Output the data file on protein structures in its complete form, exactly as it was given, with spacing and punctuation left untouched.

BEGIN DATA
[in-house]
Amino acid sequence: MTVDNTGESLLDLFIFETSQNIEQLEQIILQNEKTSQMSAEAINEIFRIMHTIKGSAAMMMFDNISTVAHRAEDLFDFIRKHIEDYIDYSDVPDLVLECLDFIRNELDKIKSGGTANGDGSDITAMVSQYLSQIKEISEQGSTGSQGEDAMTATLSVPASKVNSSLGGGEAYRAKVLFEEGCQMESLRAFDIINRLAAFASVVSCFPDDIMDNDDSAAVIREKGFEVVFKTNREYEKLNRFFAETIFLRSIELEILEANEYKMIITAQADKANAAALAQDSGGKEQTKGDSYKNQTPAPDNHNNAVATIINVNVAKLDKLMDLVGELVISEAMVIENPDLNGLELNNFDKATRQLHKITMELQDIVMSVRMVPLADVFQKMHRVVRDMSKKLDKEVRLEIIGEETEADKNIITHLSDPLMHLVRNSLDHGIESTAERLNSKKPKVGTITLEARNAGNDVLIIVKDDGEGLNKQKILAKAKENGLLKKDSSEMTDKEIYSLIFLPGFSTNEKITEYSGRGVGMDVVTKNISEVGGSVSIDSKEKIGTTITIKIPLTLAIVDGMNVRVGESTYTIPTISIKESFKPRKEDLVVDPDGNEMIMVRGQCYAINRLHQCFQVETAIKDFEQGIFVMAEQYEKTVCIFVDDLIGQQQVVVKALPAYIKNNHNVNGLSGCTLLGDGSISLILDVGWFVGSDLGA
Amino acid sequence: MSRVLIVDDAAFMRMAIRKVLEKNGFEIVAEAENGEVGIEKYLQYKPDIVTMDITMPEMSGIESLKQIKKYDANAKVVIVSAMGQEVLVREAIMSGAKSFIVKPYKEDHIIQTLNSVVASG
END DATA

[in-house]
Amino acid sequence: MTVDNTGESLLDLFIFETSQNIEQLEQIILQNEKTSQMSAEAINEIFRIMHTIKGSAAMMMFDNISTVAHRAEDLFDFIRKHIEDYIDYSDVPDLVLECLDFIRNELDKIKSGGTANGDGSDITAMVSQYLSQIKEISEQGSTGSQGEDAMTATLSVPASKVNSSLGGGEAYRAKVLFEEGCQMESLRAFDIINRLAAFASVVSCFPDDIMDNDDSAAVIREKGFEVVFKTNREYEKLNRFFAETIFLRSIELEILEANEYKMIITAQADKANAAALAQDSGGKEQTKGDSYKNQTPAPDNHNNAVATIINVNVAKLDKLMDLVGELVISEAMVIENPDLNGLELNNFDKATRQLHKITMELQDIVMSVRMVPLADVFQKMHRVVRDMSKKLDKEVRLEIIGEETEADKNIITHLSDPLMHLVRNSLDHGIESTAERLNSKKPKVGTITLEARNAGNDVLIIVKDDGEGLNKQKILAKAKENGLLKKDSSEMTDKEIYSLIFLPGFSTNEKITEYSGRGVGMDVVTKNISEVGGSVSIDSKEKIGTTITIKIPLTLAIVDGMNVRVGESTYTIPTISIKESFKPRKEDLVVDPDGNEMIMVRGQCYAINRLHQCFQVETAIKDFEQGIFVMAEQYEKTVCIFVDDLIGQQQVVVKALPAYIKNNHNVNGLSGCTLLGDGSISLILDVGWFVGSDLGA
Amino acid sequence: MSRVLIVDDAAFMRMAIRKVLEKNGFEIVAEAENGEVGIEKYLQYKPDIVTMDITMPEMSGIESLKQIKKYDANAKVVIVSAMGQEVLVREAIMSGAKSFIVKPYKEDHIIQTLNSVVASG